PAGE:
COVID-19 and Your Family Travel: What now?

The world has gone mad. There’s really no other way to describe what’s happening as the novel coronavirus, or COVID-19, sweeps around the world like a hurricane. We, a human, herd-loving species, are frightened, needy, and in search of answers that aren’t easily addressed. 

E-assist fat bikes at White Stallion Ranch, forgetting about COVID-19 for a while. Erin Kirkland/AKontheGO

Our family is currently lodged in Tucson, Arizona, on “phase two” of a 12-day adventure that has included a stay at White Stallion Ranch just outside the city limits, and now, the Hotel McCoy in town. COVID-19 was still a bit of a mystery when we departed Anchorage, but as a former healthcare administrator who also happens to be rather obsessive about cleanliness, organization, and planning, I felt we were as prepared as we could be for the upcoming adventure. That was last week. 

Bunkroom at Hotel McCoy. This retro-style, art gallery-hotel is a perfect place to recharge frazzled nerves. Erin Kirkland/AKontheGO

In the span of six days since, COVID-19 cases surged, some people died, and anyone on travel was forced to reconsider destinations and returns in the face of travel restrictions, self-quarantine, and social distancing. Anchorage School District, like so many others, announced closures through the end of March. Alaska Airlines (our carrier) ramped up customer service as cancellations and re-bookings with no fees soared. Most stores in the Last Frontier are running low on (yep) toilet paper, cleaning products, and some food items. The rumor mill is traveling almost as fast as the virus itself, and I am wearying of worrying. Seriously.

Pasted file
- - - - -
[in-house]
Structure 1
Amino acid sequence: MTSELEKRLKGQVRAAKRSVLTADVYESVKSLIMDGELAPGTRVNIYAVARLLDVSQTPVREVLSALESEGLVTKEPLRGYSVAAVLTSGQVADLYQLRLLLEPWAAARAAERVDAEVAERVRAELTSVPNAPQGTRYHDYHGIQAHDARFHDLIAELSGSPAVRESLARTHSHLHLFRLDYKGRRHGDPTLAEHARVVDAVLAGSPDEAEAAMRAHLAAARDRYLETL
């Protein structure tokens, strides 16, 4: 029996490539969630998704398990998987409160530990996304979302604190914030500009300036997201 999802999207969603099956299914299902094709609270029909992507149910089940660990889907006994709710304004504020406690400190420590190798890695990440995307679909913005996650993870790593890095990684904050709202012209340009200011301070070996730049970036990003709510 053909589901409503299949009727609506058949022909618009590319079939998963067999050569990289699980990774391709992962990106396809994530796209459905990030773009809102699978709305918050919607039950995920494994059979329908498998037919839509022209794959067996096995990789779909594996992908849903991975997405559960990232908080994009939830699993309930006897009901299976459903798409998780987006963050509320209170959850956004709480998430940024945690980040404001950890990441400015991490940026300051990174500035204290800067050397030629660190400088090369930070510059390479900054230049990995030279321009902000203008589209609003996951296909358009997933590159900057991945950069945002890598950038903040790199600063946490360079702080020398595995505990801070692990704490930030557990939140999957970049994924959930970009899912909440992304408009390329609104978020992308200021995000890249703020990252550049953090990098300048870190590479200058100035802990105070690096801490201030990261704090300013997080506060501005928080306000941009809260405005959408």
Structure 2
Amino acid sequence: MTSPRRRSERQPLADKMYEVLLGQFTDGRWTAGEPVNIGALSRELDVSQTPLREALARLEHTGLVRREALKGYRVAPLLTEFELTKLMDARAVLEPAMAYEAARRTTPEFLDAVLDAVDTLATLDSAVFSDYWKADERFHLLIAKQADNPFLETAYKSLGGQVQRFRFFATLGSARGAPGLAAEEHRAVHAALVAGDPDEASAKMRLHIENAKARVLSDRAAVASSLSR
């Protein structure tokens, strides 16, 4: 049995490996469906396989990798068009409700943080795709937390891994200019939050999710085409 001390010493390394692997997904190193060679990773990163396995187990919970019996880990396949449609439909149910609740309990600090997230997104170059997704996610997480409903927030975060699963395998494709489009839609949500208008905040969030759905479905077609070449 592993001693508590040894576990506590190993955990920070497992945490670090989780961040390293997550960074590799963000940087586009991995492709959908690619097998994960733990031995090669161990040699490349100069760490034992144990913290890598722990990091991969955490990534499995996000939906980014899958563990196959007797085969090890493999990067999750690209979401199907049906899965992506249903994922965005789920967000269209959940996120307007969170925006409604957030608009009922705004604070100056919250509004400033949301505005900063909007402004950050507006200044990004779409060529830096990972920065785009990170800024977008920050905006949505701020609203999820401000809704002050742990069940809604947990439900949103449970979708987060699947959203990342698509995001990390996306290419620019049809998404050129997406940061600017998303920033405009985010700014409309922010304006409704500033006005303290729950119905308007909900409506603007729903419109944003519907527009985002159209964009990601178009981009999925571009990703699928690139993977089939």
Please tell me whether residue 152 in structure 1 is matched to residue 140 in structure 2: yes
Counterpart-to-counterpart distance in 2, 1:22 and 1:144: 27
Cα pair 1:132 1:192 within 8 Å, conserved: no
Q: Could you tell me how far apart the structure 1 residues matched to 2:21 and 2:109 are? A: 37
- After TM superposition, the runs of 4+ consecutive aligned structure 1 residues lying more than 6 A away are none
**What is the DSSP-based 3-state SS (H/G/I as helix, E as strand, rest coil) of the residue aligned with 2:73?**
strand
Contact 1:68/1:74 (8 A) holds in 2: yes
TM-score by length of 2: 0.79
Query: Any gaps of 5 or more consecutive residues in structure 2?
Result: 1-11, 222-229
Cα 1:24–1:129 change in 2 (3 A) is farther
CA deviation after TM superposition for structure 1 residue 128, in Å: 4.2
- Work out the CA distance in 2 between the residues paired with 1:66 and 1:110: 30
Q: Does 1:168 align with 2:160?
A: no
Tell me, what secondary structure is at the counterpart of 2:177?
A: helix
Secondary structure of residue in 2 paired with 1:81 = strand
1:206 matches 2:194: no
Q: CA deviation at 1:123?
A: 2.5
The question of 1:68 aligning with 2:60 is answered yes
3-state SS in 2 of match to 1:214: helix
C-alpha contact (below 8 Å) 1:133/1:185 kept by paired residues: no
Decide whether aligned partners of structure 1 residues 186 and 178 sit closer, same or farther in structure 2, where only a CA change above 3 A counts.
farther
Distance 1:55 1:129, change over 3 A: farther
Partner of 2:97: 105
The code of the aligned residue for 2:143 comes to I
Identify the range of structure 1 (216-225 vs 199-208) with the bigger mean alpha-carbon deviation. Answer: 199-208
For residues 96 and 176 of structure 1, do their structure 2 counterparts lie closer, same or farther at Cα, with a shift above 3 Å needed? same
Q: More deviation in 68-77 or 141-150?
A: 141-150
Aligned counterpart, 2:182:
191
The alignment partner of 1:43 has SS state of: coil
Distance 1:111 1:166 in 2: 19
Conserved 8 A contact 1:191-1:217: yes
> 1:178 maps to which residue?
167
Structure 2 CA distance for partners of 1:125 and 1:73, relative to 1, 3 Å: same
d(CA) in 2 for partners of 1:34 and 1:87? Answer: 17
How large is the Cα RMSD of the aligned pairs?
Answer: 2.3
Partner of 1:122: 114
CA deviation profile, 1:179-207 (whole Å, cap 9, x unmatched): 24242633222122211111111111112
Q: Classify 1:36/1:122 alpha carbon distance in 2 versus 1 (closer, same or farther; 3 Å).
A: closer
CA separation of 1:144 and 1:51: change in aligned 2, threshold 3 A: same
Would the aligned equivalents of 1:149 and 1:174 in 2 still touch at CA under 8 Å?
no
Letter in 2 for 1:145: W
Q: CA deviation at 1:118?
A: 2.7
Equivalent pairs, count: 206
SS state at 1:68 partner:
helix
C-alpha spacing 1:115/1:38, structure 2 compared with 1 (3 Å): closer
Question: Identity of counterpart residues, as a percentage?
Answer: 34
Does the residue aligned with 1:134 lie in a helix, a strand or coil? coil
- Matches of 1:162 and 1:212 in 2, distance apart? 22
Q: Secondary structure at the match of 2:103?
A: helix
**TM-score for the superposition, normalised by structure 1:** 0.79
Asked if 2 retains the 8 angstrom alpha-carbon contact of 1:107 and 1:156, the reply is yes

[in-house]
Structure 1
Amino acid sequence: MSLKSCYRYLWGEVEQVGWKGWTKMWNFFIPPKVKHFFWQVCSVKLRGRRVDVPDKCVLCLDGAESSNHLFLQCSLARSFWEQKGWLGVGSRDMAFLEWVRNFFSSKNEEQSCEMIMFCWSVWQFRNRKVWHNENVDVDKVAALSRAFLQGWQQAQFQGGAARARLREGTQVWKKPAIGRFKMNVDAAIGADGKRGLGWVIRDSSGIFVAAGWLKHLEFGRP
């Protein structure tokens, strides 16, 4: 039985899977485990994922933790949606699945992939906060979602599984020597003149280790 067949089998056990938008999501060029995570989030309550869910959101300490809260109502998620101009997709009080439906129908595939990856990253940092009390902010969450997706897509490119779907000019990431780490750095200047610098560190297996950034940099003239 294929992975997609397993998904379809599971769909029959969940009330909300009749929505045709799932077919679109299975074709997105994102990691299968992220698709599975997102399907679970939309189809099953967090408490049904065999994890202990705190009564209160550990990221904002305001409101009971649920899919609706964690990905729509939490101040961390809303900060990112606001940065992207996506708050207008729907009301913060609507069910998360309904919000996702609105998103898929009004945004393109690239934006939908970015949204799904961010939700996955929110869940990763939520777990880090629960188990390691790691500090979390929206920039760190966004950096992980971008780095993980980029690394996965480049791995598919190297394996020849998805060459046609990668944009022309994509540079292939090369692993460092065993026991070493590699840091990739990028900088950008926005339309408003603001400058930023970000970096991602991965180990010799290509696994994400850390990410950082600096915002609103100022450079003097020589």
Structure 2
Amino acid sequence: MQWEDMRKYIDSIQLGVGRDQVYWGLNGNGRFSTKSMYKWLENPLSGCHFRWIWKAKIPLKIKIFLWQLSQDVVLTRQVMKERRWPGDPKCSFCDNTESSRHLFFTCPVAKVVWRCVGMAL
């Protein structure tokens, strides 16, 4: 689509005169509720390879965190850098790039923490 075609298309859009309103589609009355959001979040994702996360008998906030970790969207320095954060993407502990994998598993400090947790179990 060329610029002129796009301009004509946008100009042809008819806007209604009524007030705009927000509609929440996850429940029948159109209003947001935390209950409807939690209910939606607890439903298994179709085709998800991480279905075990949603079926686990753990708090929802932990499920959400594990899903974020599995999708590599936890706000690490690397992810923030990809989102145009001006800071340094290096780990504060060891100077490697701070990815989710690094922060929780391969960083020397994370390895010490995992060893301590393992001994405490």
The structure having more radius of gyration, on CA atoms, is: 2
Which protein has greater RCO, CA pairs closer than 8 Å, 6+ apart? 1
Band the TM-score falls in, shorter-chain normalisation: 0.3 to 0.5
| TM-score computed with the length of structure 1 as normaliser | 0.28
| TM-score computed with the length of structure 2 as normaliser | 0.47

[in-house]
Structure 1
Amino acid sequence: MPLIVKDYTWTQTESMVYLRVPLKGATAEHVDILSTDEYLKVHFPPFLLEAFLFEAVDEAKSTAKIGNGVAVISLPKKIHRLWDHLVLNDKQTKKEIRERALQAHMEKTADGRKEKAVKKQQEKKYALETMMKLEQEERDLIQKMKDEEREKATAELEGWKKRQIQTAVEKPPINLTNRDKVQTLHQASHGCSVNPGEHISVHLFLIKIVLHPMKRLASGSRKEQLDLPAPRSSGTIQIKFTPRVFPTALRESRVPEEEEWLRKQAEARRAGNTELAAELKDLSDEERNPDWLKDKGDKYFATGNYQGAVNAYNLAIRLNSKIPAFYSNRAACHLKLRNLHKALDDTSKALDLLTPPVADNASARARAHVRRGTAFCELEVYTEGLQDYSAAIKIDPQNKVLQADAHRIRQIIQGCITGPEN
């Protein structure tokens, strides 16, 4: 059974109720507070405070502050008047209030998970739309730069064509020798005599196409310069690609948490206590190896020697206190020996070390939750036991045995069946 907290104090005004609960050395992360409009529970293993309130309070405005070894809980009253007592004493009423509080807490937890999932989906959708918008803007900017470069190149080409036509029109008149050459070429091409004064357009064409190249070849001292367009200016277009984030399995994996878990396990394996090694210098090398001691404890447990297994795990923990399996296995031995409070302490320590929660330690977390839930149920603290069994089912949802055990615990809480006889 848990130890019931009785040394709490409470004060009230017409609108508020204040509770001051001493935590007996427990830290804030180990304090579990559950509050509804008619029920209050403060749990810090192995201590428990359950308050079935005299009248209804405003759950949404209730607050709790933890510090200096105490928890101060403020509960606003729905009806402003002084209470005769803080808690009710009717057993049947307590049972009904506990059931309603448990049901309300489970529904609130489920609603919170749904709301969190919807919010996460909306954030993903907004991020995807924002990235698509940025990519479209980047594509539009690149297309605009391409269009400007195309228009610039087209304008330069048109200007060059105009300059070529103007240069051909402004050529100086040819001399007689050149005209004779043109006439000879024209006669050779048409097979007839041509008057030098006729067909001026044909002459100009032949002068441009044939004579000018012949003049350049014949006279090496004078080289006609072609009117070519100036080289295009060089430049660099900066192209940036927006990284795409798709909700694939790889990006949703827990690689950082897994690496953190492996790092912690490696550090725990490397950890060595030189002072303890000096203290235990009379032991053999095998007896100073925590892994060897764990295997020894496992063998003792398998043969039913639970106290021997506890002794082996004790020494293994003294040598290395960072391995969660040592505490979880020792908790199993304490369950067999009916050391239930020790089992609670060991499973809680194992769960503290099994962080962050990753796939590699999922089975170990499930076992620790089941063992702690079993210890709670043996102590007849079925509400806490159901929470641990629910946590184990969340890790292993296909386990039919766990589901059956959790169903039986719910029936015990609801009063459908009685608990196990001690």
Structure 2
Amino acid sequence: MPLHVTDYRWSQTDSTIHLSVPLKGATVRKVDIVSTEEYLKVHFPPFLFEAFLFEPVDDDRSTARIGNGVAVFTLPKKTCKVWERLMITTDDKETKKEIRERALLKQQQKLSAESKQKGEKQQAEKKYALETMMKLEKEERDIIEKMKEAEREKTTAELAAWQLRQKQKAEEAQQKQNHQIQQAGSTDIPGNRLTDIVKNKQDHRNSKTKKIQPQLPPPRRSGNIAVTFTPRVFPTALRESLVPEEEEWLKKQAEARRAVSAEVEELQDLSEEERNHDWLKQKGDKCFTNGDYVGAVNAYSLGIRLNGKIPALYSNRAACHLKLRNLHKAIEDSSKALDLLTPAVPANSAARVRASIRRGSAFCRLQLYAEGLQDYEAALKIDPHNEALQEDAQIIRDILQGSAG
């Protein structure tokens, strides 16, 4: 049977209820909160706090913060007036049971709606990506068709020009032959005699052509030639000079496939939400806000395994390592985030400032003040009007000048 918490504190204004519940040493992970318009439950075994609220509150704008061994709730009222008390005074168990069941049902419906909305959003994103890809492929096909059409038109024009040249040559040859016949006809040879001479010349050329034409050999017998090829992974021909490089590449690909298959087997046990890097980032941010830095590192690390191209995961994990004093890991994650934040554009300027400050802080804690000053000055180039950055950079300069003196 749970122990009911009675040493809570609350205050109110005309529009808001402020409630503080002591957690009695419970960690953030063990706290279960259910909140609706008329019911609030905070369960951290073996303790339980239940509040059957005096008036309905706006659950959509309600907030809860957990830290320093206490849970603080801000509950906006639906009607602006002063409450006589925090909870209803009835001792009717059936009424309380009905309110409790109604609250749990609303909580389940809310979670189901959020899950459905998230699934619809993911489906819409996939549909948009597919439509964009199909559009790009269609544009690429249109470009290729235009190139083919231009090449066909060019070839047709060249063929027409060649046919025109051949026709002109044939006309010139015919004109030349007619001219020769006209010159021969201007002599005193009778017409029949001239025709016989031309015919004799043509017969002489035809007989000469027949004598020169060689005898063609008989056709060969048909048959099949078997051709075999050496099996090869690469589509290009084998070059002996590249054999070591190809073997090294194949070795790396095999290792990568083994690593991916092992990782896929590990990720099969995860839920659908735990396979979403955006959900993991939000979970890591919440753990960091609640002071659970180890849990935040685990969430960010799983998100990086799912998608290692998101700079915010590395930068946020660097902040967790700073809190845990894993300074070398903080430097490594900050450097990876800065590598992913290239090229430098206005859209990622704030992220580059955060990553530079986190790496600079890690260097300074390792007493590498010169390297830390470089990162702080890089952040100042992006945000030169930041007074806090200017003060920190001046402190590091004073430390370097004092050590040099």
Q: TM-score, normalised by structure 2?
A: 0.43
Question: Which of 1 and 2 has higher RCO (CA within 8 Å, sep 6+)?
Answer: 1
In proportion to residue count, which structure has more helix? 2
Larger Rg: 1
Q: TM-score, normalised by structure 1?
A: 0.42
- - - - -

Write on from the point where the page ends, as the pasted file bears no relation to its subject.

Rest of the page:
We are due to depart Arizona on Tuesday. What will we do? Here are the options, probably similar to lots of other people: 

  • Stay in Arizona. We’re in talks with managers of other locations in the event we decide to stick around. I’m in contact with Alaska folks I trust to give me accurate and timely information, and will make a determination well within the window of flight changes. The general message I’m getting is “Find your place and stay there.” 
  • Transfer to another state in the Lower 48, perhaps by car. If domestic air travel is halted, we have a vehicle and can get ourselves to family or friends in other states. 
  • Return to Alaska. Home, our own beds, the dog, and the security (?) of being in our state. 

Hiking in Saguaro National Park, away from people to avoid exposure, or transmission, of COVID-19. Erin Kirkland/AKontheGO

What we’re doing to remain safe, and keep others safe: 

  • Carrying disinfecting wipes and hand sanitizer, and washing hands regularly. Everywhere. Entering a building? Wash your hands. Leaving a building? Disinfect all car surfaces, phones, and use hand sanitizer. 
  • Social distancing. We’re avoiding visitor centers, museums, and other indoor facilities. We traveled to Saguaro National Park yesterday and were amazed at the number of people in the vulnerable population demographic (read: older adults) congregating inside the visitor center. Uh, no. We hiked a solitary trail instead, enjoying the quiet and smelling the good desert smells of sage, flowering lupine, and a bit of rain. Today, we’re biking the Santa Cruz River Trail, just around the corner from Hotel McCoy. 
  • Going outdoors, as much and as often as possible. Not only are we less likely to come into close contact with people, we feel better, mentally, physically, and emotionally. This is going to be a long haul, whatever decision we make, and taking care of ourselves in all ways is one thing we can control. 
  • Hotel McCoy is outdoing themselves with infection control protocols, and keeping all guests informed of any updates to changes and cancellations. We feel as confident as it is possible to feel right now, and are grateful for their caring and incredibly positive attitudes. 

Please stay well yourselves. Be good to each other. Help those who need it. 


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